St. John Chrysostom, a 4th century Father of the Church, in his sermon on the Letter to the Ephesians, spoke about the example of Hannah, the mother of Samuel, who, after the Lord had removed the shame of her barrenness, conceived and bore him. He stated, "Imitate Hannah's example. Look at what she did. She brought Samuel up at once to the temple. Who amongst you would not rather that his son should become a Samuel than that he should be king of the whole world ten thousand times over? She offered him up to God, and then she left him" (Homilies on Ephesians XXI, 4). Let everything else, therefore, be secondary for us, when compared to the need to take provident care of our children, raising them up and orienting them in the first place to know, love, and serve God.
Thus, the best education we can give a child is to place him or her in the closest possible mode of relationship with God, because God's light will then fall on them and help them to see, understand, and respond to truth in the most noble way. The best in their characters will then shine out naturally.
Some of us still recall with great awe and reverence teachers who not only taught us but allowed that which was happening in the intimacy of our hearts at the behest of God's mysterious hand to realize itself. They did not stop or impede that. That is what the famous educator Maria Montessori affirmed, "We teachers can only help the work that is going on, as servants wait upon a master" (The Absorbent Mind, Ch. 1). Each teacher before a student is like someone approaching something sacred saying, "Something is happening in this young person; let me help as much as I can."
Truth is a Gift
What I am pinpointing here is that there is a deeply divine dimension to Catholic education which must be understood. That is the only way in which a proper Catholic education can be given to young people.
I was edified to listen to the presentation just now by the Senior Class Speaker, as he talked about that divine aspect of theology, of knowledge, and of truth. As Jesus stood in front of Pilate, there was a very intriguing question asked. Pilate asked Him, "What is truth?" Jesus never answered. He did not answer because truth is not so much something that is defined as it is given. It is a gift of God. It is a person. It is God Himself, Truth eternal. And Pilate failed to recognize Jesus, the very incarnation of Truth.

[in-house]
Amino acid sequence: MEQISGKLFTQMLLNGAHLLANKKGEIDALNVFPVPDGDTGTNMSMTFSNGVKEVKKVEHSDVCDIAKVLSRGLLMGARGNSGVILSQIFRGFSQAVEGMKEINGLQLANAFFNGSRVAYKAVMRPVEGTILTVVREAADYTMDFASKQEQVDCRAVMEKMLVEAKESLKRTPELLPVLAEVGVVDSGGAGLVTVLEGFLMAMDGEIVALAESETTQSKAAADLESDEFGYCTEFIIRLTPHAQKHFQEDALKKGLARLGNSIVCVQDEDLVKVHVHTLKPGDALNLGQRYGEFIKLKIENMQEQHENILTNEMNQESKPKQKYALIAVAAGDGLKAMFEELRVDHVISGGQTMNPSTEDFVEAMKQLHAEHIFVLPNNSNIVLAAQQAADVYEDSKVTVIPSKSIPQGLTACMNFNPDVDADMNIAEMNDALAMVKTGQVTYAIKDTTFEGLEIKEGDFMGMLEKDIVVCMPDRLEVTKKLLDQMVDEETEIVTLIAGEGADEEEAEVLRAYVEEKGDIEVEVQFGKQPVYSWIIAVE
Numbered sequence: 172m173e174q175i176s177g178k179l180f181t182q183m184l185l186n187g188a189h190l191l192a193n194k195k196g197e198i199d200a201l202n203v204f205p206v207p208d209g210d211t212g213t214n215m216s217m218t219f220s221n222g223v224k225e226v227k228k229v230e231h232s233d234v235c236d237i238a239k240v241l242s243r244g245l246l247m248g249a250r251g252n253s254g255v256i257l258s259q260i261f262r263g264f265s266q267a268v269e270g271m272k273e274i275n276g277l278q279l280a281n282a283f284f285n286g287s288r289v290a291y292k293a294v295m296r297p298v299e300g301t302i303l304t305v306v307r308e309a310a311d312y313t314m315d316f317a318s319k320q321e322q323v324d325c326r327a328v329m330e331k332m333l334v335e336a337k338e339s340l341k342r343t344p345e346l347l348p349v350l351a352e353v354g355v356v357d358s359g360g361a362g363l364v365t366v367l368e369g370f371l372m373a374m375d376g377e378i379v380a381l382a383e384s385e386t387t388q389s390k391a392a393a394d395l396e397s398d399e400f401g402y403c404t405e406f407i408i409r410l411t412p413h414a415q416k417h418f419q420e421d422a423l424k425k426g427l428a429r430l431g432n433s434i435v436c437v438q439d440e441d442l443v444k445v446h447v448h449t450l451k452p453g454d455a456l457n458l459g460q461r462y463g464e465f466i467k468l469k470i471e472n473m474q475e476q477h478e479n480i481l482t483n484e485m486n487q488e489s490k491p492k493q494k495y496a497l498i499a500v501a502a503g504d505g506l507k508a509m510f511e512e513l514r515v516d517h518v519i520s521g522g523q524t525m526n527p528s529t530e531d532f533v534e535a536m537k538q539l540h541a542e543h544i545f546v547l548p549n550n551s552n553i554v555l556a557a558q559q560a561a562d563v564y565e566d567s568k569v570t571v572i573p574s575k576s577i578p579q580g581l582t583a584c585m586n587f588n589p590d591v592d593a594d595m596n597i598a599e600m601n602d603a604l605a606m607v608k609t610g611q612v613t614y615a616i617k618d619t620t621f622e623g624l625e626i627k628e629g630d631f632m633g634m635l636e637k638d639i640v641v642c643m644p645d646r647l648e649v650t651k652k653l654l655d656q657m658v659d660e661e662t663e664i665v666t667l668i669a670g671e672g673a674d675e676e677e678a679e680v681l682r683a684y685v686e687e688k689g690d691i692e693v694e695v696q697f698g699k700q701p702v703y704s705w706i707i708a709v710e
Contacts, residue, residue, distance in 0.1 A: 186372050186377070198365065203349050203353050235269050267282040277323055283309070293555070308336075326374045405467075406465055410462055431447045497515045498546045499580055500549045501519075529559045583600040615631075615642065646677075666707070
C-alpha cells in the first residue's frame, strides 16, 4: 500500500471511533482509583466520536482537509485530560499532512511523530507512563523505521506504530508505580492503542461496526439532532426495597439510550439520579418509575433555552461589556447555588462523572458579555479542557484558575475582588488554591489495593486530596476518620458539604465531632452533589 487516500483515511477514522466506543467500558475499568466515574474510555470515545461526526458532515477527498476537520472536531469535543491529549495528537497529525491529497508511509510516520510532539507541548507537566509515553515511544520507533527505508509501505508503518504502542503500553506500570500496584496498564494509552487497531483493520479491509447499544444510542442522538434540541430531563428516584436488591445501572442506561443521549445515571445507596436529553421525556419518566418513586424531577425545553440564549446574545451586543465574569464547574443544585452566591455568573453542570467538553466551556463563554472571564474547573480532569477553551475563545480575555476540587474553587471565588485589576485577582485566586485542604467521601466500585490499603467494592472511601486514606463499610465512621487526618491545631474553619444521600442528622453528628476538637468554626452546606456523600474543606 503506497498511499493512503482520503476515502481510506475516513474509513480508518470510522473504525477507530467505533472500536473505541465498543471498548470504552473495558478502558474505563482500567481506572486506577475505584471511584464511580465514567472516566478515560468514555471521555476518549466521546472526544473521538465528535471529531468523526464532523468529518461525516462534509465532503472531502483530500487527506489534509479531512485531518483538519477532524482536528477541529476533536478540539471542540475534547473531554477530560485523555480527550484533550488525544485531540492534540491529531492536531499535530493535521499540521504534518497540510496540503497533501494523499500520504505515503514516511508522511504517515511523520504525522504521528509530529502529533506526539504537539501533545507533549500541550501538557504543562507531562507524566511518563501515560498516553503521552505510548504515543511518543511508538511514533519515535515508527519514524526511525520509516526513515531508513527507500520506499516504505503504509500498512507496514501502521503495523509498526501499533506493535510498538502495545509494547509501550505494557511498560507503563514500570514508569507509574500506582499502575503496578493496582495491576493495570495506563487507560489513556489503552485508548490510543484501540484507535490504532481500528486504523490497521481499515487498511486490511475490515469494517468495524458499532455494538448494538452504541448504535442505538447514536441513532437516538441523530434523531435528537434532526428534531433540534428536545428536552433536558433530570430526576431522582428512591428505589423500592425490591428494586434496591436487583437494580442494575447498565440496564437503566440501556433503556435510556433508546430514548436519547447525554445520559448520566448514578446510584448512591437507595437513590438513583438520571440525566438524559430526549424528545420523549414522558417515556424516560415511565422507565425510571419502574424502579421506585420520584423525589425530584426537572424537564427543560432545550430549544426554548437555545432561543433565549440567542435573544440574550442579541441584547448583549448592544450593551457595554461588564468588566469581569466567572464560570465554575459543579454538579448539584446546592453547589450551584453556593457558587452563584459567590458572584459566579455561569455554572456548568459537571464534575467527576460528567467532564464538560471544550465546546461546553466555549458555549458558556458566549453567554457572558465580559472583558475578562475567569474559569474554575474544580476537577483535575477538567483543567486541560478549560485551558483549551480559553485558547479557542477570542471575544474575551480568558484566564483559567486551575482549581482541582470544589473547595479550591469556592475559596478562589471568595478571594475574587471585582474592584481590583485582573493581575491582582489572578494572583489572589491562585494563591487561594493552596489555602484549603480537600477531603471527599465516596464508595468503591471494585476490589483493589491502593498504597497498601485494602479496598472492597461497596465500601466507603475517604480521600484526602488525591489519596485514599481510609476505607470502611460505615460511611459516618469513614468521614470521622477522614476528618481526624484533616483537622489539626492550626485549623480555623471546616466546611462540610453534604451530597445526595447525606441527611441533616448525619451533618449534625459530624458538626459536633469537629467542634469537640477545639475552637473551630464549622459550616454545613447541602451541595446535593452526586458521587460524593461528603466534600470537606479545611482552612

Truth. We only have to seek Jesus, and if we genuinely seek Him, and if we open our hearts to Him, He will reveal Himself and His plan for us which will help us free ourselves from slavery to untruth. Otherwise, we are like the five blind men who were taken to a big elephant and told to define what it looked like. One went and touched the trunk and said, "An elephant is like a tree." Another touched the tail and said, "An elephant is a creeper." But that, everyone knew, was not the truth. We cannot go looking for truth if we are blind to God's light. The eye of faith is that which leads us to that personal expression of truth, which is the understanding of God. That is why it is important that we allow the Lord to shine on us and let His light guide us.
This is very important, and I congratulate Thomas Aquinas College for the great service it renders to these young people, especially helping them to discern truth through faith and reason as its handmaid. I was edified to hear yesterday, when I was with a group of these graduates at breakfast, how they presented their lives and their dreams of the future.
Dream in the Lord
Dream. It's a good thing to dream. But dream in the Lord. Dream for Him. Dream with Him. Hold His hand, walk in the search for truth, and He will lead you to the truth which He himself is. That is what we all wish for you, dear young people, today. Take with you this great optimism of life which comes from your faith. Never give up. Be courageous.
I wish to conclude my reflection by thanking all of you, dear members of the staff and my dear students. I wish you God's blessings in the years to come. As St. Paul states, "No eye has seen, no ear has heard, no mind has conceived what God has prepared for those who love Him" (1 Cor 2: 9).
God loves each and every one of you, my dear students. That is why He created you so differently and gave you so many different talents. That is why He has a special plan for you. If you allow him, you will shine and be yourselves the manifestation of His light and truth. Let Him then be always the cause of your brightness and grandeur.
“What we learned about God in the curriculum — St. Augustine, the way he spoke about God, and St. Thomas’ treatise in the beginning of the Summa Theologica — really set me toward my vocation.”
– Rev. Fr. Mark Bachmann, O.S.B. (’82)
Co-founder and Subprior, Annunciation Monastery of Clear Creek